As I drove to Toronto one recent Sunday morning I found myself as frustrated as if I’d been caught in a traffic jam on the city’s edge. But it wasn’t other drivers who raised my blood pressure. It was what I was listening to on the radio.
The CBC Sunday Morning program was broadcasting a docu-mentary about would-be “disrupters” of the food industry who were attending a conference of venture capitalists seeking investments to help them get their particular vision of the future of food off the ground. What had steam coming out my ears were the “facts” about the environ-mental and ethical sins of the current food production system – statements that went unchallenged by the people making the documentary, as if they were unquestionably true.
So in food sector after food sector, some entrepreneur was pitch-ing his or her solution to an urgent “problem” – from plant-based protein replacements for milk and scrambled eggs to manufactured meat.
Farmers and farm leaders have been battling for years to overcome the misinformation that’s out there about farming and food production. Well-meaning people often accept things they hear or read as fact – and why wouldn’t they when shows like this one never fact check?
Some things, of course, are a matter of opinion, such as the ethics of killing and eating animals. Other things should cause an intelligent person to question the “facts”, but because there’s a veneer of scientific evidence behind them, people accept what they’re told. Accepted wisdom, for instance, is that agriculture in the U.S. uses 80 per cent of the water “consumed” in that country.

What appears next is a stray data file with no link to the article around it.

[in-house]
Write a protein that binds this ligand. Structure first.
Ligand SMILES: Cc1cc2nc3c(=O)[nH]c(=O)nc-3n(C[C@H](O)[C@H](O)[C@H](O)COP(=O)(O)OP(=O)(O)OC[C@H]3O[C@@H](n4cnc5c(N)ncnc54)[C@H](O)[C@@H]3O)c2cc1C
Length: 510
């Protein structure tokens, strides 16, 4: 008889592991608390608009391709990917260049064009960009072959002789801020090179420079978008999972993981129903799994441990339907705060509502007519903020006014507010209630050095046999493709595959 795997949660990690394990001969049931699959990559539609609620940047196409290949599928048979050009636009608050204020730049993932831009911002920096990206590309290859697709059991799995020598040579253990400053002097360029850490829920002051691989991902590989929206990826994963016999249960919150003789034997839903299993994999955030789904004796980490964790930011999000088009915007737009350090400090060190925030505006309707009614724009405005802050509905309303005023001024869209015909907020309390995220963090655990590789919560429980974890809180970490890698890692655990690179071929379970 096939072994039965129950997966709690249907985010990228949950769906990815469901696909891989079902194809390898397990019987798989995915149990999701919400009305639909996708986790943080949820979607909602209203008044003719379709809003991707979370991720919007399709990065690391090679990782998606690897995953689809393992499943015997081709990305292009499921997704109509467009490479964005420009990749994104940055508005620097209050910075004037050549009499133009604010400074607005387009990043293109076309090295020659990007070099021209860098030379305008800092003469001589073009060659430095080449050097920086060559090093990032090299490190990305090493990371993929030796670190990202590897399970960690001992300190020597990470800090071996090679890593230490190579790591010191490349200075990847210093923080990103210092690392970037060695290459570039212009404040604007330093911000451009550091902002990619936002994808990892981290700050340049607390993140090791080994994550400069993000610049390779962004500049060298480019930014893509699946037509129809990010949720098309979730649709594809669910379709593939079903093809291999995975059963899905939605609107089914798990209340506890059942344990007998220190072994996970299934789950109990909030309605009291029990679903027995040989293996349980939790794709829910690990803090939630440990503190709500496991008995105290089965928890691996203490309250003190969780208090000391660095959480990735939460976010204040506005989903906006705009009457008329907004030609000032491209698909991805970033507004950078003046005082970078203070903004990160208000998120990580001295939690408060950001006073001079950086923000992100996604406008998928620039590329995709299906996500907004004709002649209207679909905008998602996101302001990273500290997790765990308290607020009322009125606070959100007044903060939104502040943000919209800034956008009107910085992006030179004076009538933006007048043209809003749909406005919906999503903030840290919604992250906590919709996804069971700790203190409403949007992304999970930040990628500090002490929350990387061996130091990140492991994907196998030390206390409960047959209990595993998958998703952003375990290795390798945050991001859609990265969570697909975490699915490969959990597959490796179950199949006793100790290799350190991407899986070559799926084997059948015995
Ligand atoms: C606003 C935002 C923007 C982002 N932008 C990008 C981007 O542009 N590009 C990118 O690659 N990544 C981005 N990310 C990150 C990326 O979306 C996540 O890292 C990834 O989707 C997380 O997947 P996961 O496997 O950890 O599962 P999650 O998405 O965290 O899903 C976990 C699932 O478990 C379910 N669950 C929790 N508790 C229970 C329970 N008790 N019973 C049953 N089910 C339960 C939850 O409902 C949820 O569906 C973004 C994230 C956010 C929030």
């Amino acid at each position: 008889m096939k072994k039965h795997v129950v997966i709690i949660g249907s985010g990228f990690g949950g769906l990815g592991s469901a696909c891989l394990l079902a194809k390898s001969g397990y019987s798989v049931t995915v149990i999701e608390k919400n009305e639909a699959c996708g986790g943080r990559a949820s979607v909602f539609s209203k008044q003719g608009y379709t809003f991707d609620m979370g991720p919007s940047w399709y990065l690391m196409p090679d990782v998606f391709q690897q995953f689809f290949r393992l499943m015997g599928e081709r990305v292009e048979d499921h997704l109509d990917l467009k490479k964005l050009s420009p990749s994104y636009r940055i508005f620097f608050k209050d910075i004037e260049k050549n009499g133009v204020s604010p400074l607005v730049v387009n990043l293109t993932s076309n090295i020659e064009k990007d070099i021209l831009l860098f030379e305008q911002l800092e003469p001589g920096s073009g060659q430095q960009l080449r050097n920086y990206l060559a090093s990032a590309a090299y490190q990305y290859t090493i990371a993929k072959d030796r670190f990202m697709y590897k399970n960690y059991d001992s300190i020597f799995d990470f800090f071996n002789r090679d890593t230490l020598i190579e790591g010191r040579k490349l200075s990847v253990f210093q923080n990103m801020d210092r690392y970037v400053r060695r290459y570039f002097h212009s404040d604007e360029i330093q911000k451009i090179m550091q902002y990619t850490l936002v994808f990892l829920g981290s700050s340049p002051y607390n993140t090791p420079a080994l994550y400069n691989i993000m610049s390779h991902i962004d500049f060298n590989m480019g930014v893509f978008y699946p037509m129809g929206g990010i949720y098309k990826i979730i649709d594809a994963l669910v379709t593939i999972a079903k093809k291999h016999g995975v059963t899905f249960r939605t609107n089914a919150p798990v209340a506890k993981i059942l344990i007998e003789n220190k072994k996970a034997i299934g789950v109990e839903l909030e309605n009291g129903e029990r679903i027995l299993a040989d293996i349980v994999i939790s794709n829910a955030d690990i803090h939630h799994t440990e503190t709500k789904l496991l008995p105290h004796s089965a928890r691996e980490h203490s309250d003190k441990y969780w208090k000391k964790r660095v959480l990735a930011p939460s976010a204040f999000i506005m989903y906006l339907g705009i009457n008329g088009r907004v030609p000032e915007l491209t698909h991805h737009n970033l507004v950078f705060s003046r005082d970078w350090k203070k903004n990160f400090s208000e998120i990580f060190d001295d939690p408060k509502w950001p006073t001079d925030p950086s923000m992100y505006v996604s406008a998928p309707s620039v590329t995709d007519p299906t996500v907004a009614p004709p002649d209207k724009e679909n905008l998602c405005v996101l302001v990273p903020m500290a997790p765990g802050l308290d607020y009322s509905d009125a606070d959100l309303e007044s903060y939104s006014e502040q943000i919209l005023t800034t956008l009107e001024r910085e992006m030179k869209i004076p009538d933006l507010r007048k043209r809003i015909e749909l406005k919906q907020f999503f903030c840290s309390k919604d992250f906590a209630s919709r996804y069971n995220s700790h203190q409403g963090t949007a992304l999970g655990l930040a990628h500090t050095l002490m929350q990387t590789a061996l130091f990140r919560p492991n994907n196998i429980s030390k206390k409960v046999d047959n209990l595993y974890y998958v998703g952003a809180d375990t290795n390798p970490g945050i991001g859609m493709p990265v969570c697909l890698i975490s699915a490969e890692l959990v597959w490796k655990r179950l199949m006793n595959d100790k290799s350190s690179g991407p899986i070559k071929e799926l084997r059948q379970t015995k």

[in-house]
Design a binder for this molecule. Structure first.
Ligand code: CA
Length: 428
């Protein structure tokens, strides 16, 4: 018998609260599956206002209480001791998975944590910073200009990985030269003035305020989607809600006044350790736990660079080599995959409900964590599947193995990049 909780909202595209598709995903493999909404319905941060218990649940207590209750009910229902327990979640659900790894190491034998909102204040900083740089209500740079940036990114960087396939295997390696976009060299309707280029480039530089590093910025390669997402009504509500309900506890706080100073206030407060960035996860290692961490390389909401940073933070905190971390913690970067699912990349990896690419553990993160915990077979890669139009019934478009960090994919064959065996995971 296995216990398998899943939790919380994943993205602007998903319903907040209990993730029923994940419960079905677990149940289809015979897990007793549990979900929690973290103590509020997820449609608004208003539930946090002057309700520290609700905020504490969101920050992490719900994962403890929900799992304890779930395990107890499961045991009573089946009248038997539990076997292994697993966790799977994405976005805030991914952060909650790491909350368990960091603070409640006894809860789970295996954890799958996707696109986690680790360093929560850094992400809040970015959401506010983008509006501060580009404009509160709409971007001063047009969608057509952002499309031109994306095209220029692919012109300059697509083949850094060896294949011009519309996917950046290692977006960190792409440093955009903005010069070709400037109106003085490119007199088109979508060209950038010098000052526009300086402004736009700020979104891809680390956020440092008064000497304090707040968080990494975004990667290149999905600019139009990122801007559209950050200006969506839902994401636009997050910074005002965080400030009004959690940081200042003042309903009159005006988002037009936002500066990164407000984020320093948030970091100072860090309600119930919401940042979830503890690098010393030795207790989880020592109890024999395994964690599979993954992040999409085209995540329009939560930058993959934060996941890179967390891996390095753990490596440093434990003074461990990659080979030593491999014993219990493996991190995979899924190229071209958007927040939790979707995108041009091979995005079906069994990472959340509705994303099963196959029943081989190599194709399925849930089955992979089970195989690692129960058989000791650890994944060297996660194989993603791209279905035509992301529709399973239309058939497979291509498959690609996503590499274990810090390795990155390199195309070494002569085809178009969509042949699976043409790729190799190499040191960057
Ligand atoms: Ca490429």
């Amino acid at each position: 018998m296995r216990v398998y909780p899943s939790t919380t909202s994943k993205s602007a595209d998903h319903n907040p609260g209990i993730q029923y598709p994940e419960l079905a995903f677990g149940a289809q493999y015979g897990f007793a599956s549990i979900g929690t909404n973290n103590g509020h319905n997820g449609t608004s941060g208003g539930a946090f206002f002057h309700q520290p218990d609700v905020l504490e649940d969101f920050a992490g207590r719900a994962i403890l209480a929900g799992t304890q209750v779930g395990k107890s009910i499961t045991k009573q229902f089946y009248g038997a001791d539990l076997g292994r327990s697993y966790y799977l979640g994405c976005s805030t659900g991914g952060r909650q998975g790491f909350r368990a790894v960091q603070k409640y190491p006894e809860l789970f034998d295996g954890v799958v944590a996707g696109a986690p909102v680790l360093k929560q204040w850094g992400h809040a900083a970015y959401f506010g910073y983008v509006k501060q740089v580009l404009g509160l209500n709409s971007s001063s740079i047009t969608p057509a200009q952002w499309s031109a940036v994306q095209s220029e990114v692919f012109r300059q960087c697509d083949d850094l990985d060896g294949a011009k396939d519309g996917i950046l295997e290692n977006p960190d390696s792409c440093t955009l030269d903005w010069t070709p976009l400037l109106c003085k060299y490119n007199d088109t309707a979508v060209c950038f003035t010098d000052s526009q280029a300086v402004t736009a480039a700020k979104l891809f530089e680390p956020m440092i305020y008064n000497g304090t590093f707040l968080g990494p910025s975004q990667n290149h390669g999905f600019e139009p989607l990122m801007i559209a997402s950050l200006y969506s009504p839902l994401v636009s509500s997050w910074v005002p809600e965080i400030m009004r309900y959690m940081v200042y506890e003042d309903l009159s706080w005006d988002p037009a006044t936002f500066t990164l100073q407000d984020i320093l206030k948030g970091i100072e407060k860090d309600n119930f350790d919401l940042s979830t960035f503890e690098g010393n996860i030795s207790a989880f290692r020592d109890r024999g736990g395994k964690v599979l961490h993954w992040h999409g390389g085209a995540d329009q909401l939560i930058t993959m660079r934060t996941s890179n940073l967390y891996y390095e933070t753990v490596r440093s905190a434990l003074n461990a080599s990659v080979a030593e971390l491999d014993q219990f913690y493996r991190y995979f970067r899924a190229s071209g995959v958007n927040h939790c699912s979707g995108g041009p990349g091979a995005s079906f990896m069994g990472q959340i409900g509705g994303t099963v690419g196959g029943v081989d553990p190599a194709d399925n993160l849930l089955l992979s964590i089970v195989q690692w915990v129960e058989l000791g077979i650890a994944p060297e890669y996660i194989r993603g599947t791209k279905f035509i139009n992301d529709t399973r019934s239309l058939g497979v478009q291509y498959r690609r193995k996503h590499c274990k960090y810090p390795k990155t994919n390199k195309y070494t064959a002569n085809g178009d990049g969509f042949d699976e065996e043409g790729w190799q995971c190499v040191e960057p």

My favourite is the “fact”, often restated, that 1,800 gallons of water are used to grow one pound of beef – 660 gallons in a one-third pound hamburger. Now anyone who thinks for a minute would question how 1,800 gallons of water could disappear into one pound of beef.
Check out the actual claims behind this fact and you’ll see that they include all the rain that falls on the land it takes to grow the grass and grain the cattle beast eats, all the water it drinks, plus water used to clean the pen and in the processing of the animal. For instance, they calculate it requires 3,000 gallons of water to grow one bushel of corn.
Anyone who thinks about it will realize that the rain is going to fall on that land whether it grows grass, corn or trees. Bodily functions dictate that nearly all the water that goes in one end of any animal (including humans) comes out the other, which in the case of cattle on pasture helps water and fertilize the grass that cattle eat.
Part of the problem is that people keep convincing themselves that there’s a better way than nature. The prime example of this is how much bottled water we consume in Canada. We have more fresh water in Canada than anywhere in the world, but people convince themselves they must pay dollars for a gallon of water in bottles when they could pay pennies for water from a tap.
As well, our society has also become addicted to all things new since the tech revolution of a decade ago created smart-phones, social media and apps for everything. Anything prior to 2009 is archaic – and what can be older than the growing of crops in plain old dirt.
These people think they are seeing the big picture that farmers ignore, but I’m not sure they’ve thought it through. What, for instance, is going to happen to domestic livestock if they convince people not to eat meat and milk? Cows are too big to be house pets.
Meanwhile those who know the truth are often unheard while those who think the food system is unethical and dangerous, have their message repeated over and over without questioning.◊